“What’s driving my support of trying to relocate them is it’s at the side lot of the Community Center in a parking lot, and I think it deserves better than that,” Simpson told the Call. “I think the Sappington Center would be a really, really nice venue — it would be intimate, and you’d be outdoors with nature around you. The whole setup would be nice and new.”

The summer musicals feature an all-ages cast from throughout the metro area. One of the past cast members includes Crestwood City Clerk Helen Ingold.

The feedback that Ward 3 Alderman Grant Mabie heard from constituents was all positive, he said.

“I look forward to approving it and having another four years of plays in the park,” he said.

“It’s a good use of tax dollars,” Ward 4 Alderman Ismaine Ayouaz said.

The organizer of Playhouse, St. John Vianney theatre teacher Al Book, said that the organization has never had the resources to track where its audience is coming from, but some people travel from Alton, Illinois, and throughout the St. Louis region for every show. They have dinner at Crestwood restaurants while they’re here, he said.

“It’s so hard to put in writing the effect on the community of 2,800 people coming in for each show,” Book said.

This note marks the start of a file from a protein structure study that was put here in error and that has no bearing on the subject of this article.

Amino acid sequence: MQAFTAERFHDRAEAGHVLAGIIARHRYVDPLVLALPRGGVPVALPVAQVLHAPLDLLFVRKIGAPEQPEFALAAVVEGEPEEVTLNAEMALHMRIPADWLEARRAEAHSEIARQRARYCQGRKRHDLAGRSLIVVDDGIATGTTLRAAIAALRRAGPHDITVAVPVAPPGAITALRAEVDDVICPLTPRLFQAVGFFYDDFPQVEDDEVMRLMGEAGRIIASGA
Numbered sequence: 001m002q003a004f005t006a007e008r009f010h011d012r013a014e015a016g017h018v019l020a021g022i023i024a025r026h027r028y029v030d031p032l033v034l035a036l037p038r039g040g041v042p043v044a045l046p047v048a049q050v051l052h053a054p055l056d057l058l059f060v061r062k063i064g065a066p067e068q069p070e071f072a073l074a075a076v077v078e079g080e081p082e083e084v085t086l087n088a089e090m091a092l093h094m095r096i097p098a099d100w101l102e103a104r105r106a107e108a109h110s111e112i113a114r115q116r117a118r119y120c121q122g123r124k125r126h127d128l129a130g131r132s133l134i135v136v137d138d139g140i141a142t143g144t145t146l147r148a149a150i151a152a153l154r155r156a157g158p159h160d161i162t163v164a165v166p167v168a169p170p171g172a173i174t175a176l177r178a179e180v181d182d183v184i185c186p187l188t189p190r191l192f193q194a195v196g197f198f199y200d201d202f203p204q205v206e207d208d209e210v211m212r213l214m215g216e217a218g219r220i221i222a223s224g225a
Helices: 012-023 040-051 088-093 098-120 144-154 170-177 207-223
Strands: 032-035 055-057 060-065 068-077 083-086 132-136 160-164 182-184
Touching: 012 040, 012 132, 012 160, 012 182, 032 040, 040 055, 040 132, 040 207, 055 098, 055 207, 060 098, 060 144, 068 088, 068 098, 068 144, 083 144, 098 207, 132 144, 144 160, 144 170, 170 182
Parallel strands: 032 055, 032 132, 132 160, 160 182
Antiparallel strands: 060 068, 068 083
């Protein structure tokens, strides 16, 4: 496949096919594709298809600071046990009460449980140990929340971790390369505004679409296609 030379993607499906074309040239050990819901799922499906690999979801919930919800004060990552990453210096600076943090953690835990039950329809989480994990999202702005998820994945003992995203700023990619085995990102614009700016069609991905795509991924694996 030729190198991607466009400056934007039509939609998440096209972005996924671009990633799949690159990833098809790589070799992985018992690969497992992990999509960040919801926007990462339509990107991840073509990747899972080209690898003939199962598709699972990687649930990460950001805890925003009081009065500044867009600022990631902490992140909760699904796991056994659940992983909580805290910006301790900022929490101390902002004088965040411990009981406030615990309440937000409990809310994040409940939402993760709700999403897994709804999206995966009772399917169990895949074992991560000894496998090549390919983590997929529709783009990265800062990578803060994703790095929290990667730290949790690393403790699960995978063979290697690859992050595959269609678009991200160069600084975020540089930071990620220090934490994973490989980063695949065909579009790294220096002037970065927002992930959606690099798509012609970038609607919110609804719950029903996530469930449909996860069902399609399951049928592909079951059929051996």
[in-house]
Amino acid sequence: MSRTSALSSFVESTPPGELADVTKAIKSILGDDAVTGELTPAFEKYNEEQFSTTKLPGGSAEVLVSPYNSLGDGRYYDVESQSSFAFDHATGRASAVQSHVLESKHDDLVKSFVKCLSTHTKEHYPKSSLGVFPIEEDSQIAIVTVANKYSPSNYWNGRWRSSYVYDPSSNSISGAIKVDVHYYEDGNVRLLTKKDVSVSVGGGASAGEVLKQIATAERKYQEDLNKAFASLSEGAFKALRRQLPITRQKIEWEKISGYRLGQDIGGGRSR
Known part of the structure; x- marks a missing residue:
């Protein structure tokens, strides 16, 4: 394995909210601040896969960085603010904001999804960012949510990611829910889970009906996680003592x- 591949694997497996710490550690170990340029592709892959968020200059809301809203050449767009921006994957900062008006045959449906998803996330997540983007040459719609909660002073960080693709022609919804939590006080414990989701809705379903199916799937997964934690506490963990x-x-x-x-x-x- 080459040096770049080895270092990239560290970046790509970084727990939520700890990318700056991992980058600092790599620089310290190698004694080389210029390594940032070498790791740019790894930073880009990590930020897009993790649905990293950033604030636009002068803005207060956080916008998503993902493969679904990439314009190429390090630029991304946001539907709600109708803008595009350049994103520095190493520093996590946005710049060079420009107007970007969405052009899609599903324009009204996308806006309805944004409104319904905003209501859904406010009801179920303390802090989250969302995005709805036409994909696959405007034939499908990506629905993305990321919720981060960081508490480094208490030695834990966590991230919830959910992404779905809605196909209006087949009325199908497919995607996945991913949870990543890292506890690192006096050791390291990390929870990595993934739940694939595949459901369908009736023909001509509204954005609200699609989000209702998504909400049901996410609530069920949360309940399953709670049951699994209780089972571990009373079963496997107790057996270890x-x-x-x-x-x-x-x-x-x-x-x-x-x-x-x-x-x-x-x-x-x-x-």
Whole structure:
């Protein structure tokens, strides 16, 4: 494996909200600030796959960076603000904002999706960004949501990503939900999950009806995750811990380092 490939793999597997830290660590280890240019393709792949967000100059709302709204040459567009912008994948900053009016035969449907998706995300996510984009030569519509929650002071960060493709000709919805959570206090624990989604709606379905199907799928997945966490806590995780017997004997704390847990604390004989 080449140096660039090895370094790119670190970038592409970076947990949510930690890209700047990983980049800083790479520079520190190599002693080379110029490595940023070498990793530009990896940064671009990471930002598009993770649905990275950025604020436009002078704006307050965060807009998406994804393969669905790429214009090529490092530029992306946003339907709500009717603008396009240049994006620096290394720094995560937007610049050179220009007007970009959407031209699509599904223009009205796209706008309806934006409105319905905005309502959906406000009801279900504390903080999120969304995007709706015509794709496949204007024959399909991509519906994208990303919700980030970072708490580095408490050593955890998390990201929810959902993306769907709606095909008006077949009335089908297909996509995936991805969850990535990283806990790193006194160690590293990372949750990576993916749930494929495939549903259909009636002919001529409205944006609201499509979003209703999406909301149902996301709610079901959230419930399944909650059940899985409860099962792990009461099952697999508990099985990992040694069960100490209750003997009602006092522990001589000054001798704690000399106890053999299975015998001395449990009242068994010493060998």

The organization is run by all volunteers and has no employees.

Several of the eight speakers who spoke up in support of Playhouse said the summer tradition is a priceless learning experience for teenagers and children in Crestwood and surrounding areas, even spurring four marriages among participants who started in the program as children.

One of those young Playhouse participants who later went on to marry another participant, Crestwood resident Melissa Bommarito, said, “We’re so happy to have them here, and we hope you support them.”

When Bommarito’s young son started to climb the stairs to the dais as she was speaking, she added, “He wants to be in the show one day.”

That was echoed by Mary Spencer, who lives just outside the city limits in unincorporated Sappington and said her son learned responsibility and values at Playhouse.

“It’s a real value and asset for the citizens of Crestwood,” she said.